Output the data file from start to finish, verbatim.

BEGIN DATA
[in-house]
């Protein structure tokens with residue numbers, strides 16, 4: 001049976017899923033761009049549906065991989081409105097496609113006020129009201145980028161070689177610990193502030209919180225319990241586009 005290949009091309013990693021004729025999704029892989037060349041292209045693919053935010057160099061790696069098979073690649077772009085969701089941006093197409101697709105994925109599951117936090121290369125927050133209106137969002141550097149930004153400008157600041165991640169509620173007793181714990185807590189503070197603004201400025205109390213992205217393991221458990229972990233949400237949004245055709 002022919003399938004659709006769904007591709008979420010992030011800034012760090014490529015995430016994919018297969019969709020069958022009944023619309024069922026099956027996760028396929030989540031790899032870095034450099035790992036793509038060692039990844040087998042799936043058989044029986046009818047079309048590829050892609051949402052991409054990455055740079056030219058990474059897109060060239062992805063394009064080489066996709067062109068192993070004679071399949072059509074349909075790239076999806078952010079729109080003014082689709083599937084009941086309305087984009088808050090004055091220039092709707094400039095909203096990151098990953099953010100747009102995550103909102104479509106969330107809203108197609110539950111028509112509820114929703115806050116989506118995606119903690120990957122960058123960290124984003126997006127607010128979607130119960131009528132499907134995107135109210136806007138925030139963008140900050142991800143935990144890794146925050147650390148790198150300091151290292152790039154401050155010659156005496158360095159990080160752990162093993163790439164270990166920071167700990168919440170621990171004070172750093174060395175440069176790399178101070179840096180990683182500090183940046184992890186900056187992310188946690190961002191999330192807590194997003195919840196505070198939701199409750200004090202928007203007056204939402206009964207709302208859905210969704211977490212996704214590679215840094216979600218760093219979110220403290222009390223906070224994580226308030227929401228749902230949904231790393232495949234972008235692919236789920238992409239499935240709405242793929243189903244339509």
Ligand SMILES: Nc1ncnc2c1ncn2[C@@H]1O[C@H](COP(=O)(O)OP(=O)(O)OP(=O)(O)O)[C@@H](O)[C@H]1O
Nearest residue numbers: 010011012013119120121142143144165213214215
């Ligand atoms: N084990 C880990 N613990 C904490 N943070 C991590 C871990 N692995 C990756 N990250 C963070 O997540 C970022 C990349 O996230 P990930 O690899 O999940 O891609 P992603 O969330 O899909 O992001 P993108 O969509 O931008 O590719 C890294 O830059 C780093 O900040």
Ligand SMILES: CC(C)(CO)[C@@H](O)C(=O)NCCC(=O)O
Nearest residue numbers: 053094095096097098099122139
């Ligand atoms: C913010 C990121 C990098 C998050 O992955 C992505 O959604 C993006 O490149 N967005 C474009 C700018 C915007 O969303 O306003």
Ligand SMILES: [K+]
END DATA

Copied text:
[in-house]
């Protein structure tokens with residue numbers, strides 16, 4: 001049976017899923033761009049549906065991989081409105097496609113006020129009201145980028161070689177610990193502030209919180225319990241586009 005290949009091309013990693021004729025999704029892989037060349041292209045693919053935010057160099061790696069098979073690649077772009085969701089941006093197409101697709105994925109599951117936090121290369125927050133209106137969002141550097149930004153400008157600041165991640169509620173007793181714990185807590189503070197603004201400025205109390213992205217393991221458990229972990233949400237949004245055709 002022919003399938004659709006769904007591709008979420010992030011800034012760090014490529015995430016994919018297969019969709020069958022009944023619309024069922026099956027996760028396929030989540031790899032870095034450099035790992036793509038060692039990844040087998042799936043058989044029986046009818047079309048590829050892609051949402052991409054990455055740079056030219058990474059897109060060239062992805063394009064080489066996709067062109068192993070004679071399949072059509074349909075790239076999806078952010079729109080003014082689709083599937084009941086309305087984009088808050090004055091220039092709707094400039095909203096990151098990953099953010100747009102995550103909102104479509106969330107809203108197609110539950111028509112509820114929703115806050116989506118995606119903690120990957122960058123960290124984003126997006127607010128979607130119960131009528132499907134995107135109210136806007138925030139963008140900050142991800143935990144890794146925050147650390148790198150300091151290292152790039154401050155010659156005496158360095159990080160752990162093993163790439164270990166920071167700990168919440170621990171004070172750093174060395175440069176790399178101070179840096180990683182500090183940046184992890186900056187992310188946690190961002191999330192807590194997003195919840196505070198939701199409750200004090202928007203007056204939402206009964207709302208859905210969704211977490212996704214590679215840094216979600218760093219979110220403290222009390223906070224994580226308030227929401228749902230949904231790393232495949234972008235692919236789920238992409239499935240709405242793929243189903244339509």
Ligand SMILES: Nc1ncnc2c1ncn2[C@@H]1O[C@H](COP(=O)(O)OP(=O)(O)OP(=O)(O)O)[C@@H](O)[C@H]1O
Nearest residue numbers: 010011012013119120121142143144165213214215
């Ligand atoms: N084990 C880990 N613990 C904490 N943070 C991590 C871990 N692995 C990756 N990250 C963070 O997540 C970022 C990349 O996230 P990930 O690899 O999940 O891609 P992603 O969330 O899909 O992001 P993108 O969509 O931008 O590719 C890294 O830059 C780093 O900040």
Ligand SMILES: CC(C)(CO)[C@@H](O)C(=O)NCCC(=O)O
Nearest residue numbers: 053094095096097098099122139
């Ligand atoms: C913010 C990121 C990098 C998050 O992955 C992505 O959604 C993006 O490149 N967005 C474009 C700018 C915007 O969303 O306003």
Ligand SMILES: [K+]